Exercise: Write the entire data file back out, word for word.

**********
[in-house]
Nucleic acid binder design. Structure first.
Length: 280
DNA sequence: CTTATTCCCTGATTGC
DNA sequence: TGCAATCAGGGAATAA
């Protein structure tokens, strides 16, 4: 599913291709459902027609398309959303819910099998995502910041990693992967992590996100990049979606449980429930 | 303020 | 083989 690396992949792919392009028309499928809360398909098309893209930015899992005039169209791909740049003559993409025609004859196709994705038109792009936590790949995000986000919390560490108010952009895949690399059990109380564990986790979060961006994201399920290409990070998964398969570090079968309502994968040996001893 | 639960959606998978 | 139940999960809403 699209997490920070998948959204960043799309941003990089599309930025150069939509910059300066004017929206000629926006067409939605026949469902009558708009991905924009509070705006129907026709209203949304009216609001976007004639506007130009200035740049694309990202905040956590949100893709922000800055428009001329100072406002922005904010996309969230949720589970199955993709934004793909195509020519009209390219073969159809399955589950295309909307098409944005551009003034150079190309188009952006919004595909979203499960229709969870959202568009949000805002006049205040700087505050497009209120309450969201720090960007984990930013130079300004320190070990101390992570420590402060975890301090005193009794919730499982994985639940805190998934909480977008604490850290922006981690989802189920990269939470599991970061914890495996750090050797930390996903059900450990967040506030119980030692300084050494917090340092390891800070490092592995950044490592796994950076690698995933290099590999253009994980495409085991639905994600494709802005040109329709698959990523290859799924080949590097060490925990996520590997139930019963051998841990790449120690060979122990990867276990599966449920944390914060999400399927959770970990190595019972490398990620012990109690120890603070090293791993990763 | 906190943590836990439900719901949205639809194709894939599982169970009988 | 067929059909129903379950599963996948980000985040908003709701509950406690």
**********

[in-house]
Nucleic acid binder design. Structure first.
Length: 280
DNA sequence: CTTATTCCCTGATTGC
DNA sequence: TGCAATCAGGGAATAA
């Protein structure tokens, strides 16, 4: 599913291709459902027609398309959303819910099998995502910041990693992967992590996100990049979606449980429930 | 303020 | 083989 690396992949792919392009028309499928809360398909098309893209930015899992005039169209791909740049003559993409025609004859196709994705038109792009936590790949995000986000919390560490108010952009895949690399059990109380564990986790979060961006994201399920290409990070998964398969570090079968309502994968040996001893 | 639960959606998978 | 139940999960809403 699209997490920070998948959204960043799309941003990089599309930025150069939509910059300066004017929206000629926006067409939605026949469902009558708009991905924009509070705006129907026709209203949304009216609001976007004639506007130009200035740049694309990202905040956590949100893709922000800055428009001329100072406002922005904010996309969230949720589970199955993709934004793909195509020519009209390219073969159809399955589950295309909307098409944005551009003034150079190309188009952006919004595909979203499960229709969870959202568009949000805002006049205040700087505050497009209120309450969201720090960007984990930013130079300004320190070990101390992570420590402060975890301090005193009794919730499982994985639940805190998934909480977008604490850290922006981690989802189920990269939470599991970061914890495996750090050797930390996903059900450990967040506030119980030692300084050494917090340092390891800070490092592995950044490592796994950076690698995933290099590999253009994980495409085991639905994600494709802005040109329709698959990523290859799924080949590097060490925990996520590997139930019963051998841990790449120690060979122990990867276990599966449920944390914060999400399927959770970990190595019972490398990620012990109690120890603070090293791993990763 | 906190943590836990439900719901949205639809194709894939599982169970009988 | 067929059909129903379950599963996948980000985040908003709701509950406690």